After the gathering, Marsha Spencer (56), trundles back to the Zuccotti Park encampment where she is a familiar figure, having spent much of the past 44 days knitting hats and mittens for the occupiers.
Born and raised in Michigan, Spencer is an unemployed New York-based seamstress who visited Zuccotti Park soon after the occupation began to donate some warm clothes. She had returned every day since with her wool and needles: “I’m doing this for my [five] grandchildren. If something doesn’t change soon, they won’t be able to afford college and have decent lives,” she says.
“My [eldest granddaughter] Cassie will be going to college in two years and her student loans will leave her with debt way over her head and I’m not certain she will get a job to pay it off. It shouldn’t be like this,” says Spencer, who believes the government needs to spend less on weapons and more on education.
“My father had five children and not a lot of money, but he put us all through college. You knew there was a job for you when you finished school — on the factory assembly line, or wherever. There was a place for you. A place to work hard and to make an honest living so that you could buy a house and start a family. That was the American Dream we were taught and now that’s all gone.”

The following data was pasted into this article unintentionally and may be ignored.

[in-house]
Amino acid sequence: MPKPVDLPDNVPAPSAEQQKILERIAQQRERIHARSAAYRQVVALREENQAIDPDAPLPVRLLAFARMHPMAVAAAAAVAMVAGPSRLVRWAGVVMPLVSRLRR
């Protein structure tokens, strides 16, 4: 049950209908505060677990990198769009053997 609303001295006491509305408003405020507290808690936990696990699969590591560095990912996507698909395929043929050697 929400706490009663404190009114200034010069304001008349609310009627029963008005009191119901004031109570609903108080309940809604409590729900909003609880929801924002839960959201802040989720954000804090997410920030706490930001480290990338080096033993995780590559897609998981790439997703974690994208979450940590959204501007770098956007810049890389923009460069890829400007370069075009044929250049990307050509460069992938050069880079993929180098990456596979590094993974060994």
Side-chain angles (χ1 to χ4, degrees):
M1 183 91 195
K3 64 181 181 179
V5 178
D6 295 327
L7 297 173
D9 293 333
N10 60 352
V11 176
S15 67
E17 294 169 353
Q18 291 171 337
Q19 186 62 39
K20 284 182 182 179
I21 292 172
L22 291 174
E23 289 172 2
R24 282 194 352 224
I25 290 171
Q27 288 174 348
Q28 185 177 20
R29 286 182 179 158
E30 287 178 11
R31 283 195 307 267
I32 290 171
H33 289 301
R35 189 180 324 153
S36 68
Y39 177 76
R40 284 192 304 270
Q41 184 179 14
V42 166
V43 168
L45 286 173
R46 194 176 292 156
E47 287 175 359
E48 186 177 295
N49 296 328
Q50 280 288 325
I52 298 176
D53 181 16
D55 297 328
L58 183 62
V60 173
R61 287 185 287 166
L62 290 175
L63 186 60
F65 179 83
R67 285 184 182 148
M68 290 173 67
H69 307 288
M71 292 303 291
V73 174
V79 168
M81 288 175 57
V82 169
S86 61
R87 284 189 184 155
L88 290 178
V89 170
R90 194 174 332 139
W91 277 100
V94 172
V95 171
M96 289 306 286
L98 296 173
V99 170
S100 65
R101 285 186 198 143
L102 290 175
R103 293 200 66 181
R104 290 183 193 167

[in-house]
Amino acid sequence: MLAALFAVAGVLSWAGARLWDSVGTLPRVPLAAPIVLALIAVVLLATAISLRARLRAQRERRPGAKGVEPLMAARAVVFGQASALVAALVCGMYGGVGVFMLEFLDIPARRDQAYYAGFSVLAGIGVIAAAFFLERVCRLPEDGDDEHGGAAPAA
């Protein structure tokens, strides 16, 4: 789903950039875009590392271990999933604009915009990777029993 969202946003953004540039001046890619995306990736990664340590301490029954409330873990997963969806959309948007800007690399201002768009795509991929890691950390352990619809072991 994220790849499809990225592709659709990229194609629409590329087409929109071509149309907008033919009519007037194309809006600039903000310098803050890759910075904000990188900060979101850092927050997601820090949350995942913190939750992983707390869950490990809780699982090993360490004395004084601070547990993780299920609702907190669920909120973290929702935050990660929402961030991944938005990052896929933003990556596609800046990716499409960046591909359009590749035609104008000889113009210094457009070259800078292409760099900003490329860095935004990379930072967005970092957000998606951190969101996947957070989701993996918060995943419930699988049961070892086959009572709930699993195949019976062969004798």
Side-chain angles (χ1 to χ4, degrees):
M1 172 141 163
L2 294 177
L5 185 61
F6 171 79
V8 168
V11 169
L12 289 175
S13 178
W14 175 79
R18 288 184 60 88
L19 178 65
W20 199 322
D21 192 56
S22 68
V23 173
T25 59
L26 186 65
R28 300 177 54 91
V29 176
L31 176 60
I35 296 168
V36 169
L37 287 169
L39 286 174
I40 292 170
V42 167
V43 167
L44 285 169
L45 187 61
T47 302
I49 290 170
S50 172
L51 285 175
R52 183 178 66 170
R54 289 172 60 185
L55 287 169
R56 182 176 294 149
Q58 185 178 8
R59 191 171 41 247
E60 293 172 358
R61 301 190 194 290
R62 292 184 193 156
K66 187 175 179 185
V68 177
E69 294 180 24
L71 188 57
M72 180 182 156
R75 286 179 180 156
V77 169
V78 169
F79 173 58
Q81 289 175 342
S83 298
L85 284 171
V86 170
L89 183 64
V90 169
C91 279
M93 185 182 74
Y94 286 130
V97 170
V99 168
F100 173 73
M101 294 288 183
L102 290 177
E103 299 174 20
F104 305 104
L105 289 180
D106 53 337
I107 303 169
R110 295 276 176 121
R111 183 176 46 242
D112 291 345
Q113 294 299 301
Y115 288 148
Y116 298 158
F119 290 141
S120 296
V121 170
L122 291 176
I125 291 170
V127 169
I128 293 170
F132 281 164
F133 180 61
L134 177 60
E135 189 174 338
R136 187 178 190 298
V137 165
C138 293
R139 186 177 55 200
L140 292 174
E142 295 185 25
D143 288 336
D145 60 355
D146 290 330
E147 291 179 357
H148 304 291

One of Spencer’s daughters still lives in Michigan where she and her husband juggle three jobs, she says.
Its capital, Detroit, is a stark example of the fall of the American economic empire. Ironically, it was also the site for the 1980 Republican convention that ushered in the two terms of the Ronald Reagan administration, to which most left-leaning economists attribute the spate of financial deregulation and untrammelled capitalism that has led to the financial meltdown.